The following reflections appeared in the recent print edition of the Ver Poets newsletter.
“Revision is not cleaning up after the party; revision is the party.”
“Sometimes the best revision of a poem is a new poem.”
“You must be careful not to deprive the poem of its wild origin.”
“You must revise your life.”
Poetry can be a lonely art. Yet the best poems are rich in influence, and poets seeking to improve their writing (that is, all of us) do well to read widely and solicit feedback. One place we can all help each other is in workshop groups the likes of which I recently attended at the home of Ver Poet Simon Bowden.
The appreciation of poetry is largely a matter of taste, and therefore ultimately only the poet herself can decide what constitutes a “better” decision in relation to her poem. And yet, paradoxically, it is through input from other self-aware readers that poets can often develop most quickly, learning through feedback how their decisions affect a receptive reader. Through both giving and receiving input on poems, the poet also increasingly learns to act as this receptive reader for herself in both composing and revising her own poems. It is useful, therefore, not only to the poem in question, but to the poet over time.
The temptation for the author to explain something in the middle of a feedback session can be great. After all, we often write to be understood — if not intellectually, perhaps emotionally. Yet the greatest benefit a willing author can receive from her writing group is the opportunity to be a silent “fly on the wall” as a group of intelligent readers speak their thoughts aloud in response to the poem. It is a privilege they will not have once the published poem is read silently and more widely in the minds of others.
The best thing a feedback group can do, then, is to reflect their honest experience as a reader. You can reflect on the form of the poem, and what you understand about how it is working. You can try to answer the question, “What happens?” (far more useful than “What does this poem ‘mean’?”), giving insight into where the practical details are ambiguous or clear. You can reflect on what is evoked by the poem, what lines stand out, or where you felt your attention starting to dwindle. You can be curious and inquisitive about what you would do (if the poem were your own) in relation to these observations. All of this can be helpful.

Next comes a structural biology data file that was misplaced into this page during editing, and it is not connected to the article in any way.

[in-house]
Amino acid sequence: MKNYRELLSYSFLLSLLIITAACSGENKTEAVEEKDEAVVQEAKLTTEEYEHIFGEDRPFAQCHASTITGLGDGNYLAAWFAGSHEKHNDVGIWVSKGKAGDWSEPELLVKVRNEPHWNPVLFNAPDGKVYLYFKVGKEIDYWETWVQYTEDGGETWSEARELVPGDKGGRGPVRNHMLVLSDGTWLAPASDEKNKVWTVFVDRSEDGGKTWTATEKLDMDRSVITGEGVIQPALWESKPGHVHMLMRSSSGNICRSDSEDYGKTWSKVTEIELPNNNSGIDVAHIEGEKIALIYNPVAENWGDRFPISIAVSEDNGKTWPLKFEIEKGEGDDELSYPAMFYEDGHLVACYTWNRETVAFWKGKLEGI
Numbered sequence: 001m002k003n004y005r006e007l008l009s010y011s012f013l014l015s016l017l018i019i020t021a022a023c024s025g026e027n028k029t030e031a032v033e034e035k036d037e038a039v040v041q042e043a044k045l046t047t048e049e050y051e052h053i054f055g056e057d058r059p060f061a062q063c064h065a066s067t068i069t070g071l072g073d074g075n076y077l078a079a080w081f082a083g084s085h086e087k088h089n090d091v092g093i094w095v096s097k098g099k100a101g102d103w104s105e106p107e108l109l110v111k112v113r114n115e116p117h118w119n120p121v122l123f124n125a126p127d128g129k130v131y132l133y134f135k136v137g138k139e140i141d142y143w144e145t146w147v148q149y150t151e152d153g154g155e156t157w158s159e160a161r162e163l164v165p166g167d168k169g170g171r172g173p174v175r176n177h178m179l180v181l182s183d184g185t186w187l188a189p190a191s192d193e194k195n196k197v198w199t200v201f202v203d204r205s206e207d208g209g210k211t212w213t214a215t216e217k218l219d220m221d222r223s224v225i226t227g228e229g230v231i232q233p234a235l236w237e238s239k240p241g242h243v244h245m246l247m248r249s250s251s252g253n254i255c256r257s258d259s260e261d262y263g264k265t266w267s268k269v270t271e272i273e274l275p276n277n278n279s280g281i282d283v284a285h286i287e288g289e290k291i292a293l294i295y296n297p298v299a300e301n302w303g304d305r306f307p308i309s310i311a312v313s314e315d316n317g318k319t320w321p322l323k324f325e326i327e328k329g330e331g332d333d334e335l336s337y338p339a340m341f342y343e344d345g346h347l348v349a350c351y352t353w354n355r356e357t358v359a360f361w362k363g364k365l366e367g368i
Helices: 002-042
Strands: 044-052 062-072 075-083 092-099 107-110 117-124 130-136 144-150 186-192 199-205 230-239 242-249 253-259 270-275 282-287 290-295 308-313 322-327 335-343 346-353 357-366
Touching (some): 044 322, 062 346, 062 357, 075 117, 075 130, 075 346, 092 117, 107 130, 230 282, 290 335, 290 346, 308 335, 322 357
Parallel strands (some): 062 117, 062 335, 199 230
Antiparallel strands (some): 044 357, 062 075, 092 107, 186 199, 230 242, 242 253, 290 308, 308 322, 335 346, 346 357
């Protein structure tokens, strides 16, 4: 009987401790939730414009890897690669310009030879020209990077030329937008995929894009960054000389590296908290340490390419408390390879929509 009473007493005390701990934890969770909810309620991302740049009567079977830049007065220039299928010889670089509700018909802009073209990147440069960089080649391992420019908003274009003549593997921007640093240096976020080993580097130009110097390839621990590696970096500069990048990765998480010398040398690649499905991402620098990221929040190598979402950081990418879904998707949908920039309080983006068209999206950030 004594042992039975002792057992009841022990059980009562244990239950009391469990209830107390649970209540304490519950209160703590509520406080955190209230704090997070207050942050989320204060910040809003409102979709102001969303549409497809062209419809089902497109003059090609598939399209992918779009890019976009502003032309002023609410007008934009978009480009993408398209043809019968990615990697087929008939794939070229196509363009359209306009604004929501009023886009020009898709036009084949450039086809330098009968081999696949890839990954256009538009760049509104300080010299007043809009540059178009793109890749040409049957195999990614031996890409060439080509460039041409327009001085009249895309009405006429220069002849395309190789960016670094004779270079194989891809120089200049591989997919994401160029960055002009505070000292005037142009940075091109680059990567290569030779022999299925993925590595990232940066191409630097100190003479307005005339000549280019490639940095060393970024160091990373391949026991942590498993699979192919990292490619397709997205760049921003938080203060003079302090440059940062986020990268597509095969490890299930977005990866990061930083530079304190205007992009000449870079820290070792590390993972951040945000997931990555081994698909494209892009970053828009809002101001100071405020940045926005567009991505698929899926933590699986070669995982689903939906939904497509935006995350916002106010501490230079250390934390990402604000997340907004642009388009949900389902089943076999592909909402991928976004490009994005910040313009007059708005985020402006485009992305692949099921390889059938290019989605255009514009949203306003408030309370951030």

The American poet Billy Collins once quipped that the greatest mistake of the journeyman poet is “being mysterious where one should have been clear, and clear where one should have been mysterious.” It can be hard to tell when and how this is happening on your own. A good group holds up a mirror. The best workshop groups operate in this spirit of confraternitas — all on the journey together, and I saw much evidence of both talent and familiarity in the recent meeting.
[For more tips on getting the most out of poetry workshops, including a list of useful questions, see “The Joy of Revision“.]